“I suspect we could do some of these things within a small number of months – not years.”

He adds: “I would then look to tighten up the verification for these services, so I would use the identity service that we bought for the Covid status app, and plug that into the vaccination scheduling portal as well.”

The Covid status app, which provides a digital record of users’ vaccination status, was developed by Danish IT firm Netcompany last June, who built in a verification identification service at NSS’ request.

But Mitchelson is disappointed by what he sees as a lack of ambition displayed by Scotland’s health chief Humza Yousaf.

He says: “A lot gets said around the work that was done with the Near Me video consultation service, but I’d want to go much further than that. I’m not convinced that the cabinet secretary for health is bold enough with his vision of digital.

“That’s a great piece of innovation to be able to do that using a web browser – but you know, let’s be honest, we’ve been using FaceTime on mobile phones for years and years since the iPhone came out – and suddenly, you can do a video consultation.”

He would like to see the virtual appointment connected to one of the new “digital front door portals”,  allowing people to speak to their GP or consultant remotely and manage all of their health and care pathways in the same place.

“And then behind there, you can have things like your information, the ability to look up certain conditions, get access to leaflets, advice, physiotherapy, test results etc.”

With too many ideas for the future of health tech to include in this article – Mitchelson’s passion for the role he held is clear. Why did he decide to leave?

He says: “It’s been absolutely fantastic working for National Services Scotland – they’re probably the most caring employer I’ve ever worked for, and an employer that’s given me space to go and innovate and deliver and succeed and transform, without being micromanaged or having to take much in the way of direction.”

But, he says: “I’d always intended on coming in for three to four years to try to deliver quite a lot of transformational change, and then probably head back into industry, so it felt like the right time.”

Before joining NSS, Mitchelson was CISO at global research and consultancy business Wood Mackenzie. In previous roles, he led the delivery of IT solutions at the Scottish Prison Service and publishing company DC Thomson.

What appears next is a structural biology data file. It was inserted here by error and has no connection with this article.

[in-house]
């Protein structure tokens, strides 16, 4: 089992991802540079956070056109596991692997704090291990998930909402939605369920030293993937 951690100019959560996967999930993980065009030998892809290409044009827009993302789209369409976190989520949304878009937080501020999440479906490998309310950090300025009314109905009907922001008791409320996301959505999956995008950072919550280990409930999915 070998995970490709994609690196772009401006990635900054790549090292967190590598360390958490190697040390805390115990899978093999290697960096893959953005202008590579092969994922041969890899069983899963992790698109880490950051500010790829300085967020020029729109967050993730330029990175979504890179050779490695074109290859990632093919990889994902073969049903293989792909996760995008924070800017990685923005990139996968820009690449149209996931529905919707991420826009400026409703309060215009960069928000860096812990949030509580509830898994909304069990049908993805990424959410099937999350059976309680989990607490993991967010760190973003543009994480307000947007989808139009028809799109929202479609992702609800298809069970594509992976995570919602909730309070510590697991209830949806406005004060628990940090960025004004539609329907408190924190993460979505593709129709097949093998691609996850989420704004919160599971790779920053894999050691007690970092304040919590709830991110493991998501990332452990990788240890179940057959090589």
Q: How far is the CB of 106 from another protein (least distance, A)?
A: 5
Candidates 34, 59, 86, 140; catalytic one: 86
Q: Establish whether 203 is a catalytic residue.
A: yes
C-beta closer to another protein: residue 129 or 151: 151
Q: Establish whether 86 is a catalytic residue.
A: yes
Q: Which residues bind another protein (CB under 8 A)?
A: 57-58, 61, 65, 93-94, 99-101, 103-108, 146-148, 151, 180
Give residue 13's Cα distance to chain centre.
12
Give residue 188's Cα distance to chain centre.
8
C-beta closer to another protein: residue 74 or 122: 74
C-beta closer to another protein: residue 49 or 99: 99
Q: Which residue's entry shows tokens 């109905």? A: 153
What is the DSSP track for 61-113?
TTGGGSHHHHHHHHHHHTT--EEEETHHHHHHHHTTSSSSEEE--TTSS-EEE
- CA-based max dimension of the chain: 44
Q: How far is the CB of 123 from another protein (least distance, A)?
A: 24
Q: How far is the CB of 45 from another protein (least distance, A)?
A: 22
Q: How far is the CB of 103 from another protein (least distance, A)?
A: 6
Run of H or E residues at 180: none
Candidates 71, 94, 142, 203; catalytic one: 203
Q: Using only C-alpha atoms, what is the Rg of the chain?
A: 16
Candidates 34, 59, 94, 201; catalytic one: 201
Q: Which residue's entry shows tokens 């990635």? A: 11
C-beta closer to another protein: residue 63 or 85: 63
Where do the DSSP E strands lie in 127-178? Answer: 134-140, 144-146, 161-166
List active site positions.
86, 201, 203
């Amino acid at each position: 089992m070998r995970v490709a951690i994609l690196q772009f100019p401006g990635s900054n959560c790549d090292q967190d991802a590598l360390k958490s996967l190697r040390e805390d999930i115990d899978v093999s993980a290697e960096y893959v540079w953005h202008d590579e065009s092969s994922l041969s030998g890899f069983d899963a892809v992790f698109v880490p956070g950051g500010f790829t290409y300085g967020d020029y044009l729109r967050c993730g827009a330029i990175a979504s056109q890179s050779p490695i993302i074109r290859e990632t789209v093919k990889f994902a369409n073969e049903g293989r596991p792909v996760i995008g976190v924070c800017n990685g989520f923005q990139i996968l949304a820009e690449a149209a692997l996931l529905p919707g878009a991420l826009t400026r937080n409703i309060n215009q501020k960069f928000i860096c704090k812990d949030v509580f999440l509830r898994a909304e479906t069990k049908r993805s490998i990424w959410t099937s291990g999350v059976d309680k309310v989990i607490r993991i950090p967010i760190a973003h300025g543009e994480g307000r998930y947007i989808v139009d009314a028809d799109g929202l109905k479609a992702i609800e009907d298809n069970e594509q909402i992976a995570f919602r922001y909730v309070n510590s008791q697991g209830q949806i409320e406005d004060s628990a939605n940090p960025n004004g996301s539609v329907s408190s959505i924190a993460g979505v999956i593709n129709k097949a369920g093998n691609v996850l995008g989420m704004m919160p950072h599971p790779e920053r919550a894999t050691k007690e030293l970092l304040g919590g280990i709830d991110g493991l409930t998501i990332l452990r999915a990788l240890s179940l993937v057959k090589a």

“On top of that,” he says. “I did have a health issue last year.” He was forced to take some time off work in October following a bike accident which led to broken ribs, a depressed lung, pneumonia and two visits to the hospital.

Fully recovered now, with a renewed appreciation for the health service, he adds: “I was keen to get back into the daily hustle and grind of working in the private sector. And I’m absolutely certain that Check Point will get a lot of blood, sweat and tears from me.”

It comes as no surprise to learn that Mitchelson was in high demand, considering various cloud-based roles in global companies last summer. But it was Check Point – headquartered in Tel Aviv, Israel with more than 5,200 staff worldwide – which won him over with its cyber credentials.

He says: “Security has always been something that’s been part of my DNA. So very much when I started thinking about what I wanted to do next, I decided, you know what? At the moment, security is probably one of the most important things that sits across everything we do.

“It’s got such a big impact. We’ve seen that across the NHS, in the three years that I’ve been in here. And not a day goes by that I don’t see something else where there is a security impact or security compromise or a security breach.

“So, being able to give back across a wide variety of organisations with the expertise that Check Point has was very much the draw.”

From his home in rural Angus, Mitchelson will be working alongside a handful of CISOs from around the world and reporting to a vice president based in Munich. He is hopeful that the English language will suffice. “If they try and get into anything more than that, or I guess a small amount of French or German, I’ll probably struggle,” he laughs.

As Scotland prepares to drop all legal restrictions and officially “live with Covid” from 21 March, Mitchelson is excited to see the NHS embark on a new kind of digital journey.

“The resources we’ve got that have been working on the Covid digital response can now start to work on our health and care digitalisation and transformation,” he says. “And that’s what’s needed.”